2. There are still plenty of PokerStars Platinum Passes left to be won in 2018. However, only five more Platinum Passes are available to be earned as a part of the PokerStars Platinum Pass Adventure. The program enables PokerStars ambassadors to create unique ways for players to win their way to the 2019 $25,000 PokerStars Players No Limit Hold’em Championship. Now PokerStars personalities Daniel Negreanu, Maria Konnikova, Jeff Gross, Jen Shahade and Lex Veldhuis will be handing out passes. Each ambassador tasks their fanbase to perform something unique in an effort to be one of the people selected at a shot to win millions in the Bahamas. Negreanu Asks "Who Do You Play For?" Daniel Negreanu’s challenge is asking the poker community the question “Who are you playing for?” Negreanu understands that players are likely hoping for a score to change their own lives, but he’s asking for more. His challenge requires people to create a short video discussing a motivating charity, cause or foundation that would also benefit from having you playing in the PSPC. “You can make a huge difference for yourself and make the world a better place at the same time. So…who do you play for?” Negreanu said. Submit the video using the social media hashtag #DonateWithDaniel by September 30. Negreanu will select his top five finalists and then, on October 13 award the Platinum Pass. The four finalist videos that are not selected will all earn $1,000 for the charities or causes discussed. If the winner of the challenge cashes or, even wins, they will donate 50% of their earnings to the charity in their video. Konnikova's Poker Story Maria Konnikova’s poker story is incredibly unique. After having set out to write a book about what it takes to become a professional poker player, she actually lived it out. She turned a victory in the $1,500 2018 PokerStars PCA National event for $84,000 into a sponsorship deal with PokerStars. Now, she’s giving away a Platinum Pass to someone else who has a story to tell. “I truly believe that creativity and storytelling are among the most valuable and most often overlooked skills in poker - and I can’t wait to see you embrace those skills in this challenge,” Konnikova said. Konnikova's #mypokerstory challenge is looking for the most compelling story of what it means to be a good poker player. Are You Ready For Your Close Up? The social media savvy Jeff Gross has been creating YouTube vlogs for years and now he’s looking to inspire someone else to pick up a camera and begin to document their journey. “To have the opportunity to encourage someone to create something they are passionate about and give away a once in a lifetime experience trip to the PSPC means the world to me,” said Gross. “This is an event that will go down in history as one of the most special poker tournaments of our time.” Visit Gross' YouTube Channel for more details on his challenge. Create The Ultimate Game Of Skill Chess expert Jennifer Shahade found her way to to the felt by way of the chess board. Now, she’s hoping to find the next poker superstar among those who also share a love for both games. The #MyChessPokerGame challenge is asking the community to create a new game that incorporates elements of both chess and poker. “Poker is not just a game, but a passion, a science and a community, just like my first love, chess,” said Shahade. Shahade will select the finalists and a panel of poker and chess professionals will help select the winner, including Negreanu, Live Boeree and International Chess Master Danny Mensch. Pay It Forward Team PokerStars Online Pro Lex Veldhuis has also opted for a person of charity to receive his Platinum Pass. Hoping to find someone who will pay it forward, Veldhuis is looking for someone who will take action by documenting themselves spending 20 hours for a charitable cause. “When thinking about this challenge I really wanted to encompass what makes Twitch special for me. Then it became very simple. It’s people anonymously doing stuff for others. Going out of their way to do something nice or be there for someone,” Veldhuis said. “It’s a win-win contest as those who do not win a Pass will still feel like that have won by doing something they cherish, and people will have received something nice because of them.” Winners of each of the five Platinum Passes will earn a ticket to the $25,000 tournament plus an additional $5,000. Additionally, they will receive coaching and be mentored by the Ambassador who selected them. The PokerStars’ PSPC will take place January 6-10, 2019 during the 2019 PokerStars Caribbean Adventure in the Bahamas.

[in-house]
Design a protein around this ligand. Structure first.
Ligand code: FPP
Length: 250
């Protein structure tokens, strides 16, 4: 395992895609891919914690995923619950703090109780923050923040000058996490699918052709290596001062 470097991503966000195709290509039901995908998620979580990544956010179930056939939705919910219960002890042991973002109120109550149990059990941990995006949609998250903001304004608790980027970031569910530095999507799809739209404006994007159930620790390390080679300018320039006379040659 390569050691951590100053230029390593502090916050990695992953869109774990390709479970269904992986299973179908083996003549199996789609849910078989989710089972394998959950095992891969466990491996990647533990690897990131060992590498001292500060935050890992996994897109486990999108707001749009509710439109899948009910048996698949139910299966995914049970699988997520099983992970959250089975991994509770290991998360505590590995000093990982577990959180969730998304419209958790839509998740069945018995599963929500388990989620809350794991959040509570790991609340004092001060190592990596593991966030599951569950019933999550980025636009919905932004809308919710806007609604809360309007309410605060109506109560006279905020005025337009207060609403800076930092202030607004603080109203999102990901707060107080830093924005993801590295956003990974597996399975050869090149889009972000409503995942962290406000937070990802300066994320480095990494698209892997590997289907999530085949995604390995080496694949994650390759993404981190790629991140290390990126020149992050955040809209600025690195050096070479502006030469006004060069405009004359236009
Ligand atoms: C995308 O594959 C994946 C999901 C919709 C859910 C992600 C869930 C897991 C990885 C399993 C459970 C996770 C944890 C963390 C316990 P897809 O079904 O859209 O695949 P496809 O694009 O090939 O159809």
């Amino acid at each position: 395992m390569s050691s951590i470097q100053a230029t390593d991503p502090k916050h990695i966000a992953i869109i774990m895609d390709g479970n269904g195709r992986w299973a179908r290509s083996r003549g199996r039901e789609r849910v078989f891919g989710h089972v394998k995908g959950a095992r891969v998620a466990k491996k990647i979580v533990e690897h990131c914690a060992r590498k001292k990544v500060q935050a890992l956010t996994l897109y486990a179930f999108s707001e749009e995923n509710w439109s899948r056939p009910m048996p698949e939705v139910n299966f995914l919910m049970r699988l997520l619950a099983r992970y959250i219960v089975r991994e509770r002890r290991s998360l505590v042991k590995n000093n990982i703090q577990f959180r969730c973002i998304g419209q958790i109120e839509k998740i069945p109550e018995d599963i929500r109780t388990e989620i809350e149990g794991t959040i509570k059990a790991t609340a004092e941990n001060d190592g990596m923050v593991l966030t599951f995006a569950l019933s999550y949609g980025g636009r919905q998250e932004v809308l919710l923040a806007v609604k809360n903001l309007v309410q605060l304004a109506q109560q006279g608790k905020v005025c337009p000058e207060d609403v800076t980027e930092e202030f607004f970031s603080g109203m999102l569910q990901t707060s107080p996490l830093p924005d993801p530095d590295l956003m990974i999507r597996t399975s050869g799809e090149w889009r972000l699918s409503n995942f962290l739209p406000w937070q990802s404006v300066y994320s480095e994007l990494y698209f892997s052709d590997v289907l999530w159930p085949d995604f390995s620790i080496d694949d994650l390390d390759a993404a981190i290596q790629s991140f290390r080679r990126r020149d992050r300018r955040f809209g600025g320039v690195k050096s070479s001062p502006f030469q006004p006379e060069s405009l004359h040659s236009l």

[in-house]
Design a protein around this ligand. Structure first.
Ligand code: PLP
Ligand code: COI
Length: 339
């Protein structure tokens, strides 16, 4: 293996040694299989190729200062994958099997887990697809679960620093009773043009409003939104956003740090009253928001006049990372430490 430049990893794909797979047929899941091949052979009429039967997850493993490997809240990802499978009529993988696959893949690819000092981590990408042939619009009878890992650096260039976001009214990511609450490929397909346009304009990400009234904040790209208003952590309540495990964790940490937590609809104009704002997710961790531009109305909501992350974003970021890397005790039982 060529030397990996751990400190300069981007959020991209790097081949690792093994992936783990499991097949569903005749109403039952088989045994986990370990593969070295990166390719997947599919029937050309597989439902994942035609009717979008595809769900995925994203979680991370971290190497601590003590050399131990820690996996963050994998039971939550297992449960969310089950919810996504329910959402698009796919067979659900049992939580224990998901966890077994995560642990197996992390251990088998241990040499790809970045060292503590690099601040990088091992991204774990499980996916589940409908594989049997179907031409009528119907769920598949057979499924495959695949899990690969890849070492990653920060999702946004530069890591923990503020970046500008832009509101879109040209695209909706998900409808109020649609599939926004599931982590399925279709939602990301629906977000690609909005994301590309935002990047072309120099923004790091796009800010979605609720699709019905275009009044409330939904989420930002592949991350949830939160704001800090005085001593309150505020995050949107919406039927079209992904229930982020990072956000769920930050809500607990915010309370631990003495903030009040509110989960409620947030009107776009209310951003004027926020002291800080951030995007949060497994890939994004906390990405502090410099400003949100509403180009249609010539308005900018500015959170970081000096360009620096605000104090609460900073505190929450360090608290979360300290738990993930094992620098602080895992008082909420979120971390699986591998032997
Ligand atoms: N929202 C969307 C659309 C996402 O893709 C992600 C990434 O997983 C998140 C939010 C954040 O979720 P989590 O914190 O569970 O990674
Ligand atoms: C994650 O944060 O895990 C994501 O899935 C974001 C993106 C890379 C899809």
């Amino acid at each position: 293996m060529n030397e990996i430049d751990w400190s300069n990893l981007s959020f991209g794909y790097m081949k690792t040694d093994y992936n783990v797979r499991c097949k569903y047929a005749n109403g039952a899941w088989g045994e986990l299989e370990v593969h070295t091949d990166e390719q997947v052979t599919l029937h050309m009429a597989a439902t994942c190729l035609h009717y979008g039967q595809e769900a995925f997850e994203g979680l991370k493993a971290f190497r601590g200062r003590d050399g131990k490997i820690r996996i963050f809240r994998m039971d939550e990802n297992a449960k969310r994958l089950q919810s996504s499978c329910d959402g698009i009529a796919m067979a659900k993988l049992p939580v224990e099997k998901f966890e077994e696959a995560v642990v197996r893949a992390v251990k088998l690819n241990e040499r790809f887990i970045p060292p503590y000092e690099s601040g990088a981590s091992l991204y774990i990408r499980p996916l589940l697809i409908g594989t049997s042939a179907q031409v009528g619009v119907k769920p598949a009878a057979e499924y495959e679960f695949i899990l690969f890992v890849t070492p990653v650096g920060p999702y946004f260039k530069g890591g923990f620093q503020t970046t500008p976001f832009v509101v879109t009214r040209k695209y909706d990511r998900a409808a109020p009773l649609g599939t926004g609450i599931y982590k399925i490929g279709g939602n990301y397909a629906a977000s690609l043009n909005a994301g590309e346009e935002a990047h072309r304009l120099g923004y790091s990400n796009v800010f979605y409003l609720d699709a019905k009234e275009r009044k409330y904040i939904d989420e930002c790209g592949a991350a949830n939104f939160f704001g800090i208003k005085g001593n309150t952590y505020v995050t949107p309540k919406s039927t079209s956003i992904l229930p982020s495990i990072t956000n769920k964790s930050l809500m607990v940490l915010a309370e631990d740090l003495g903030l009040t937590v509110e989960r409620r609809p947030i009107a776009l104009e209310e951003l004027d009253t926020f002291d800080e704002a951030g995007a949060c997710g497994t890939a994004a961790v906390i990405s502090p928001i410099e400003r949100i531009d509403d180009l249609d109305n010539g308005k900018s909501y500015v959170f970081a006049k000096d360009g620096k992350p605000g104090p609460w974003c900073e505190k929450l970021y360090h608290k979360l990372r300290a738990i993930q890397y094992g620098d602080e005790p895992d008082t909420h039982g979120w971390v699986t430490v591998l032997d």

3. It’s not a matter of if online poker will be coming back to the state of Pennsylvania, it’s a matter of when. Currently, online poker giant PokerStars is the frontrunner to be the first to offer online poker players in Pennsylvania a chance to fire up tournaments and cash games in a regulated environment and you can bet that when they do PokerStars Mind Sports Ambassador Jennifer Shahade will be one of the very first to log on. Not only is Shahade a PokerStars ambassador, but she's also a two-time United States women’s chess champion, a poker player and commentator, podcast host, and a mom. She’s also a resident of Philadelphia and one who is ready to get back to the online grind. [ptable zone="Global Poker Article Ad"][ptable zone="888poker NJ"][ptable zone="GG Poker"] “I’m super excited to be in Philly during the launch of PokerStars in Pennsylvania and I feel fortunate that I am in one of the first states to regulate online poker, especially as a mom, I can play after I read my son a story," Shahade said. "The timing of online poker tournaments works so well for my schedule so I’m looking forward to the PokerStars PA launch.” It has been a long wait for prospective online poker players in the Keystone State. Nearly two years ago, Pennsylvania Governor Tom Wolf signed the bill that allowed for the regulation and legalization of both online poker and sports betting. July 15 of this year was supposed to be the date when players would be able to get started, but that date came and went without a word. Even though many online gaming services have since launched, poker is not one of them. In recent weeks though, rumors have surfaced that PokerStars is close to testing their poker client and releasing it to the public. “I’m so excited to play on PokerStars from the comfort of my home,” Shahade said. “I can’t wait to bring back the thrill of Sunday evening poker and for that to be brought to players across Pennsylvania.” For Shahade, being both an ambassador for PokerStars and a Pennsylvania resident will place her in a key strategic role for a new, emerging PA online poker community. Shahade notes that the Keystone State has long been a breeding ground for some of the game's top poker players and the return of online poker will likely only contribute to that history. “There are already so many great poker pros from the Philly area, and we’ve had so many world champions and WSOP Main Event final tablists who hail from our parts, including [Scott] Blumstein and [Joe] McKeehen,” she said. “I think a lot of people players who previously lived in New Jersey to play online poker will consider PA as well, especially Philadelphia or Pittsburgh." Certainly, Shahade's excited, but it's not as though she has been just hanging around waiting for poker's return. Shahade spent time this summer in Las Vegas playing in the World Series of Poker, but she's also been receiving quite a bit of buzz over her new podcast, The Grid Poker Podcast. The Grid matches professional poker players with specific starting hands and the conversation dives into specific stories about those hands and what that means to the players. Her guest list reads like a who's who of the poker world including Nick Shulman, Jamie Kerstetter, Ryan Laplante, Lex Veldhuis, and more. “I came up with the idea for The Poker Grid on a sleepless night traveling with my family in the Bahamas for PCA. I was frustrated with the criticism that poker theory and GTO study is boring and is killing the game of poker,” she said. “Rather than shouting from the rooftops that math is beautiful and equilibrium is artistic, I needed a way to express that through content. So it occurred to me to host a podcast with an interview for every cell on the poker grid, an absurdist challenge that could also intrigue people beyond poker, interested in math, literature or art. The idea of using a GRID to improve ties into my passion for chess, where I also have a podcast, Ladies Knight, which celebrates some of the top women in our games.” It not only her guests that have memorable stories attached to specific starting hands. “A few months ago, I spoke about a hand with pocket threes at a sit-n-go at the WSOP, long before I played poker professionally, or worked with PokerStars," Shahade said. "Playing live poker was such a treat for me, so when I got heads-up, I refused to chop, even though my opponent asked me a few times. At a critical moment, I jammed all in with about 15 BBs. My opponent looked down at his cards and promised me that he has a pair and that he would call…or, we could stop the tourney right then and chop - as we were roughly equal in chips. “I said yes after doing some back-of-the-envelope calls, considering that his most frequent holding was deuces, but could easily have 44-66. After I agreed to the deal, I turned over pocket threes, he turned over the other two 3s, and we both roared. I admired his cleverness at getting me to agree to a deal. As with many hands on The Poker Grid, story meets strategy.” There’s going to be plenty of strategy for the Mind Sports ambassador to focus on when online poker finally takes off. She notes that she’s most looking forward to “getting in more volume” while expanding her own understanding of The Grid. “I want to play one session which I ‘play every hand”, except in this case ‘playing every hand’ won’t mean playing 100% of all possible hands, but playing each hand on the Grid at least once,” Shahade said. For a poker pro, navigating every single starting hand possibility could be a fun, exciting challenge. However, that’s not her advice for Pennsylvania players who pick up poker as a new hobby over the next year, of which there could be many of given the new regulated market for PA online poker. “Start small,” she said. “The thrill is still there even if you don’t jump into the biggest tournaments and don’t forget to account for re-entries in your budgeting. “Bankroll management is key to ensure you stay on track and enjoy the experience. Poker is more fun with friends. Find a community of poker players or start a chat group with current poker friends and share interesting hands. PokerStars has many channels that give helpful advice for beginners right the way up to regular players. “The PokerStars School is a good place for some valuable information and they have loads of other fun and complimentary content like Twitch streams, videos, and podcasts, including my own. Ultimately, just start playing, you learn from experience and you can gain experience for very little online.”